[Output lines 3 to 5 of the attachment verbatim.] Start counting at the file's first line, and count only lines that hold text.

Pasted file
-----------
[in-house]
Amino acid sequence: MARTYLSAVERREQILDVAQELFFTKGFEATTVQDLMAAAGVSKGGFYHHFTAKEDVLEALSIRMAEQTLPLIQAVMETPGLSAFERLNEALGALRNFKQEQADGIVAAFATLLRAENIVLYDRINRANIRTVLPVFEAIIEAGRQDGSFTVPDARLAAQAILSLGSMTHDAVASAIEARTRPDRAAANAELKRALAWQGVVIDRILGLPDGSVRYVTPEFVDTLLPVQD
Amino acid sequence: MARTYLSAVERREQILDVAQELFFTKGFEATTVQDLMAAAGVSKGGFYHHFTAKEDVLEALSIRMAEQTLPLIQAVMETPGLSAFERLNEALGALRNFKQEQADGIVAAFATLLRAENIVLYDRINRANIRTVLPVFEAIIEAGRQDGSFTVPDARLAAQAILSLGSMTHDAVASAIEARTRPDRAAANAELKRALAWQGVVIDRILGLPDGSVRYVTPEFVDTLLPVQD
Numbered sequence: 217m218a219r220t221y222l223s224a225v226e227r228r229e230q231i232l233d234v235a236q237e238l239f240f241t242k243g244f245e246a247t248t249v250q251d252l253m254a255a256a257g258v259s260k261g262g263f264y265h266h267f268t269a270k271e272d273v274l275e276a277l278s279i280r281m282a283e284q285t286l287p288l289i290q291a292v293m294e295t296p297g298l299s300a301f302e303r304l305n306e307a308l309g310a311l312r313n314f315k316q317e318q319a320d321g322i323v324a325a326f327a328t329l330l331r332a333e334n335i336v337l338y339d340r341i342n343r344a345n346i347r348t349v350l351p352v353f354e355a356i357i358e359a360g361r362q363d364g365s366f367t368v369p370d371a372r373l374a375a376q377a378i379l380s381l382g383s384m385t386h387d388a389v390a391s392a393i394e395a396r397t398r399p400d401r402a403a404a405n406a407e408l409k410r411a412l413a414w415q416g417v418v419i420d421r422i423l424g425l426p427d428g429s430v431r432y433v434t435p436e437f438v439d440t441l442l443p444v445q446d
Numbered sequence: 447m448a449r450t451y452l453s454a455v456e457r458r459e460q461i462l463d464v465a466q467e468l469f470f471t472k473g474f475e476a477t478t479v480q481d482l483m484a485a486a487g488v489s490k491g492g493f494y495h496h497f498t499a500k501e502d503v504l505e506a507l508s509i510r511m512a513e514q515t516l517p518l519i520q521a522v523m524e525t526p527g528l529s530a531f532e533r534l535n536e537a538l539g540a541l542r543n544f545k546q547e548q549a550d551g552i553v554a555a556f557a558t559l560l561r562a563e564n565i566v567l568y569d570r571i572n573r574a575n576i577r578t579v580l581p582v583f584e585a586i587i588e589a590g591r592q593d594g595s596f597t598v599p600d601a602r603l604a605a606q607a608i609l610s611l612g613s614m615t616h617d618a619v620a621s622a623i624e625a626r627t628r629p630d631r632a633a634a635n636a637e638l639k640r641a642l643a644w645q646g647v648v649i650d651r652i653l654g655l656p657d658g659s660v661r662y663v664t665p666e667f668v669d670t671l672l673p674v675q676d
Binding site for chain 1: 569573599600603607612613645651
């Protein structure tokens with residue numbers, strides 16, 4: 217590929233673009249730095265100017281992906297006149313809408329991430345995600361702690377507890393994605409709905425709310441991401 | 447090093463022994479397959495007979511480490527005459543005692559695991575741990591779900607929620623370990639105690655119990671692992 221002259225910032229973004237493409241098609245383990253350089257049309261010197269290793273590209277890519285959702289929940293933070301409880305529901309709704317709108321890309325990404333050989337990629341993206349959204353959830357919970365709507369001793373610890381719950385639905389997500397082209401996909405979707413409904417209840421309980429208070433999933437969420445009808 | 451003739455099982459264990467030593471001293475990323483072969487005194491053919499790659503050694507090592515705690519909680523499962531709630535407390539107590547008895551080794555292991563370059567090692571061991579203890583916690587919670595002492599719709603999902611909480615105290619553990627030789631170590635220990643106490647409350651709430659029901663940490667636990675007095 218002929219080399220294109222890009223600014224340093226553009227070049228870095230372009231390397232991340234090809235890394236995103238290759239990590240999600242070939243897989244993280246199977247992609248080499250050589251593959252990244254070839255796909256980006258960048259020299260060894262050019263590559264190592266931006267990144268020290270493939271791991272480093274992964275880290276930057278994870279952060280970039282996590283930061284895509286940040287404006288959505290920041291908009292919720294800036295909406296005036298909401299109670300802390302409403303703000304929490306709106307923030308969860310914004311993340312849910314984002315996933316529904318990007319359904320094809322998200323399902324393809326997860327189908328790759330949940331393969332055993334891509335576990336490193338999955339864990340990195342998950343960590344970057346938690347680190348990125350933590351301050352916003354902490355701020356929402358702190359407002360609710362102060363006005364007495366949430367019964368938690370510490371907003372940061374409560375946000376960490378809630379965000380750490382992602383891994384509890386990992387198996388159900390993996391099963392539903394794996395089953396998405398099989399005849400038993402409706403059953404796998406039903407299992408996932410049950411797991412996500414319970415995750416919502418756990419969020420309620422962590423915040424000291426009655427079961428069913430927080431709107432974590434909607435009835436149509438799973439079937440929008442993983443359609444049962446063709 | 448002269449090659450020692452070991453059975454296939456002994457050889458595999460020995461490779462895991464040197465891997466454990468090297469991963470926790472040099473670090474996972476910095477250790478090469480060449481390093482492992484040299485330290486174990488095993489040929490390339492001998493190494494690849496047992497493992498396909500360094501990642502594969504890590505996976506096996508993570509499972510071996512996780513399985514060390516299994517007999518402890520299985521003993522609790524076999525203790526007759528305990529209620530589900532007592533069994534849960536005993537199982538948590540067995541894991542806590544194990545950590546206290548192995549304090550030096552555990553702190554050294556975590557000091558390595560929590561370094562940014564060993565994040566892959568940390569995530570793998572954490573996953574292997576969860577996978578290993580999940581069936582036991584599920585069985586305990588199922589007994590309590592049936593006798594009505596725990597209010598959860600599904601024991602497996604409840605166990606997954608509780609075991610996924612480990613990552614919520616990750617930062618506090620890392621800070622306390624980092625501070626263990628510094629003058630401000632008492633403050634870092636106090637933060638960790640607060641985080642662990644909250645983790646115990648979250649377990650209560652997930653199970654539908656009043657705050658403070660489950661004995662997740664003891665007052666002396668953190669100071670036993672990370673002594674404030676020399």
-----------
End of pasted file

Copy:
Amino acid sequence: MARTYLSAVERREQILDVAQELFFTKGFEATTVQDLMAAAGVSKGGFYHHFTAKEDVLEALSIRMAEQTLPLIQAVMETPGLSAFERLNEALGALRNFKQEQADGIVAAFATLLRAENIVLYDRINRANIRTVLPVFEAIIEAGRQDGSFTVPDARLAAQAILSLGSMTHDAVASAIEARTRPDRAAANAELKRALAWQGVVIDRILGLPDGSVRYVTPEFVDTLLPVQD
Numbered sequence: 217m218a219r220t221y222l223s224a225v226e227r228r229e230q231i232l233d234v235a236q237e238l239f240f241t242k243g244f245e246a247t248t249v250q251d252l253m254a255a256a257g258v259s260k261g262g263f264y265h266h267f268t269a270k271e272d273v274l275e276a277l278s279i280r281m282a283e284q285t286l287p288l289i290q291a292v293m294e295t296p297g298l299s300a301f302e303r304l305n306e307a308l309g310a311l312r313n314f315k316q317e318q319a320d321g322i323v324a325a326f327a328t329l330l331r332a333e334n335i336v337l338y339d340r341i342n343r344a345n346i347r348t349v350l351p352v353f354e355a356i357i358e359a360g361r362q363d364g365s366f367t368v369p370d371a372r373l374a375a376q377a378i379l380s381l382g383s384m385t386h387d388a389v390a391s392a393i394e395a396r397t398r399p400d401r402a403a404a405n406a407e408l409k410r411a412l413a414w415q416g417v418v419i420d421r422i423l424g425l426p427d428g429s430v431r432y433v434t435p436e437f438v439d440t441l442l443p444v445q446d
Numbered sequence: 447m448a449r450t451y452l453s454a455v456e457r458r459e460q461i462l463d464v465a466q467e468l469f470f471t472k473g474f475e476a477t478t479v480q481d482l483m484a485a486a487g488v489s490k491g492g493f494y495h496h497f498t499a500k501e502d503v504l505e506a507l508s509i510r511m512a513e514q515t516l517p518l519i520q521a522v523m524e525t526p527g528l529s530a531f532e533r534l535n536e537a538l539g540a541l542r543n544f545k546q547e548q549a550d551g552i553v554a555a556f557a558t559l560l561r562a563e564n565i566v567l568y569d570r571i572n573r574a575n576i577r578t579v580l581p582v583f584e585a586i587i588e589a590g591r592q593d594g595s596f597t598v599p600d601a602r603l604a605a606q607a608i609l610s611l612g613s614m615t616h617d618a619v620a621s622a623i624e625a626r627t628r629p630d631r632a633a634a635n636a637e638l639k640r641a642l643a644w645q646g647v648v649i650d651r652i653l654g655l656p657d658g659s660v661r662y663v664t665p666e667f668v669d670t671l672l673p674v675q676d